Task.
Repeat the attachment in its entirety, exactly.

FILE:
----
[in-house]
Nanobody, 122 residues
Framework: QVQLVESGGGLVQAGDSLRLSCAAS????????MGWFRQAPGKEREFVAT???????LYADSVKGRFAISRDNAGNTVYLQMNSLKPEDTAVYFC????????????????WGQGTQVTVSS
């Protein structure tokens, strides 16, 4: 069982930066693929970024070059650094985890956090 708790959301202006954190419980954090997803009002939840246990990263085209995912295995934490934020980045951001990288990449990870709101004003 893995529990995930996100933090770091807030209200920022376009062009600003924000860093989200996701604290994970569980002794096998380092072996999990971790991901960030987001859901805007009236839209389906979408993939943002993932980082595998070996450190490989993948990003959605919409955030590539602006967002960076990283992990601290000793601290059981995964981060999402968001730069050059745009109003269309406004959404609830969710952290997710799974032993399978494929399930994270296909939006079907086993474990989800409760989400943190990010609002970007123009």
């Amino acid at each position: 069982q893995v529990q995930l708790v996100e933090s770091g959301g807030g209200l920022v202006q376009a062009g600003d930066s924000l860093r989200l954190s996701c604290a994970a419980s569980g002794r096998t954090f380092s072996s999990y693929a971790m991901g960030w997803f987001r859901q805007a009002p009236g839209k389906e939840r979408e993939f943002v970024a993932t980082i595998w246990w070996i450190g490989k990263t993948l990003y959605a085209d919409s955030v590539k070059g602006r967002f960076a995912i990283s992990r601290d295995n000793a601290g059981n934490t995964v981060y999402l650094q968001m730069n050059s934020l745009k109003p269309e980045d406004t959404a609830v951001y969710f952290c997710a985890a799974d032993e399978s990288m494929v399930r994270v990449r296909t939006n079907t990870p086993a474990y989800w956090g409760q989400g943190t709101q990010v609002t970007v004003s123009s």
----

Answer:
[in-house]
Nanobody, 122 residues
Framework: QVQLVESGGGLVQAGDSLRLSCAAS????????MGWFRQAPGKEREFVAT???????LYADSVKGRFAISRDNAGNTVYLQMNSLKPEDTAVYFC????????????????WGQGTQVTVSS
């Protein structure tokens, strides 16, 4: 069982930066693929970024070059650094985890956090 708790959301202006954190419980954090997803009002939840246990990263085209995912295995934490934020980045951001990288990449990870709101004003 893995529990995930996100933090770091807030209200920022376009062009600003924000860093989200996701604290994970569980002794096998380092072996999990971790991901960030987001859901805007009236839209389906979408993939943002993932980082595998070996450190490989993948990003959605919409955030590539602006967002960076990283992990601290000793601290059981995964981060999402968001730069050059745009109003269309406004959404609830969710952290997710799974032993399978494929399930994270296909939006079907086993474990989800409760989400943190990010609002970007123009």
């Amino acid at each position: 069982q893995v529990q995930l708790v996100e933090s770091g959301g807030g209200l920022v202006q376009a062009g600003d930066s924000l860093r989200l954190s996701c604290a994970a419980s569980g002794r096998t954090f380092s072996s999990y693929a971790m991901g960030w997803f987001r859901q805007a009002p009236g839209k389906e939840r979408e993939f943002v970024a993932t980082i595998w246990w070996i450190g490989k990263t993948l990003y959605a085209d919409s955030v590539k070059g602006r967002f960076a995912i990283s992990r601290d295995n000793a601290g059981n934490t995964v981060y999402l650094q968001m730069n050059s934020l745009k109003p269309e980045d406004t959404a609830v951001y969710f952290c997710a985890a799974d032993e399978s990288m494929v399930r994270v990449r296909t939006n079907t990870p086993a474990y989800w956090g409760q989400g943190t709101q990010v609002t970007v004003s123009s």